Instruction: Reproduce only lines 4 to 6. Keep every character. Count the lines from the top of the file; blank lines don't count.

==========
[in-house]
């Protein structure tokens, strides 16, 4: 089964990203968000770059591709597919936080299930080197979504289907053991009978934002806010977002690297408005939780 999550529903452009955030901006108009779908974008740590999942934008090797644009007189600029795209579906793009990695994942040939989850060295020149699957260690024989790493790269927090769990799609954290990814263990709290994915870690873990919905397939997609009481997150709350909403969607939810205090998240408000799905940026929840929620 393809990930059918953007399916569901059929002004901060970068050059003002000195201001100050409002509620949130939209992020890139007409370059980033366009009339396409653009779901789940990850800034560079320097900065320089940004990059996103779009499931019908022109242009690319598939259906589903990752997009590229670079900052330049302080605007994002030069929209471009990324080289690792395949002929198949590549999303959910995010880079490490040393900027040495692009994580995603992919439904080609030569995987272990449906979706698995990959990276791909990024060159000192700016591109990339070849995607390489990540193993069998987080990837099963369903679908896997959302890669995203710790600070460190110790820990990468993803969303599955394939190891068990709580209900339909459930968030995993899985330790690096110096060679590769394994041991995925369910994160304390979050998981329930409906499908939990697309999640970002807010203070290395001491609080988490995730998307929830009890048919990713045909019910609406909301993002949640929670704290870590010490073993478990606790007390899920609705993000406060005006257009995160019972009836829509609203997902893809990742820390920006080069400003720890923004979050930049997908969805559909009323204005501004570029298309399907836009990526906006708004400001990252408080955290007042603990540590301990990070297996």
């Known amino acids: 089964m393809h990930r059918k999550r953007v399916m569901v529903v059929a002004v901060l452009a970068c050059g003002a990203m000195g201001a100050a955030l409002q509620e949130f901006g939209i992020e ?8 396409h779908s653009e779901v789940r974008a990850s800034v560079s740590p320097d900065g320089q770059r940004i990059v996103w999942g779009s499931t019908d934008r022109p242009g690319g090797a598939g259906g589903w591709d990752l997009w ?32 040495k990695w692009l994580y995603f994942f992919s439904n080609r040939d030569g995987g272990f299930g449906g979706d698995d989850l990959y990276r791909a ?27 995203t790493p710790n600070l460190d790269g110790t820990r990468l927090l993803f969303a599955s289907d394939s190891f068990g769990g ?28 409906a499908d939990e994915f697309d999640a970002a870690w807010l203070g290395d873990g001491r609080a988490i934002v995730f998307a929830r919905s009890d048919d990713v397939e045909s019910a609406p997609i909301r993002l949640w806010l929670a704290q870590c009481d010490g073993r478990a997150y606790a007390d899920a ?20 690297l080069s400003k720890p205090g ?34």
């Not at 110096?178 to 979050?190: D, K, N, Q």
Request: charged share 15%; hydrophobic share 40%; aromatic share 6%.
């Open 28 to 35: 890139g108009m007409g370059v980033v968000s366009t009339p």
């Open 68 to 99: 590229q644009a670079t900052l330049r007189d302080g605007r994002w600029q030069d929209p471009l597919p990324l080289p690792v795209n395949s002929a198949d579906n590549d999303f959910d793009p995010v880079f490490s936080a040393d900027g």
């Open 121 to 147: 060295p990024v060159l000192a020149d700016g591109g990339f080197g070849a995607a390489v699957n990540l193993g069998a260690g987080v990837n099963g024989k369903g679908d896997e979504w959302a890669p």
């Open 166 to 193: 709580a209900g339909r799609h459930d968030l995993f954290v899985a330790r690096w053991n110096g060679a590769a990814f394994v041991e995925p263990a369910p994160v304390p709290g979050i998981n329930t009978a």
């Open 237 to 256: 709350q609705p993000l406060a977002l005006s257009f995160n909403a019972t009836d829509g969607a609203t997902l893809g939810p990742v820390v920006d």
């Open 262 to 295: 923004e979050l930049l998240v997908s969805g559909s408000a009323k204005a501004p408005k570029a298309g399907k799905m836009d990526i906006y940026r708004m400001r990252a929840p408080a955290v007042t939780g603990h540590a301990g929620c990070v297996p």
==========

């Not at 110096?178 to 979050?190: D, K, N, Q």
Request: charged share 15%; hydrophobic share 40%; aromatic share 6%.
């Open 28 to 35: 890139g108009m007409g370059v980033v968000s366009t009339p």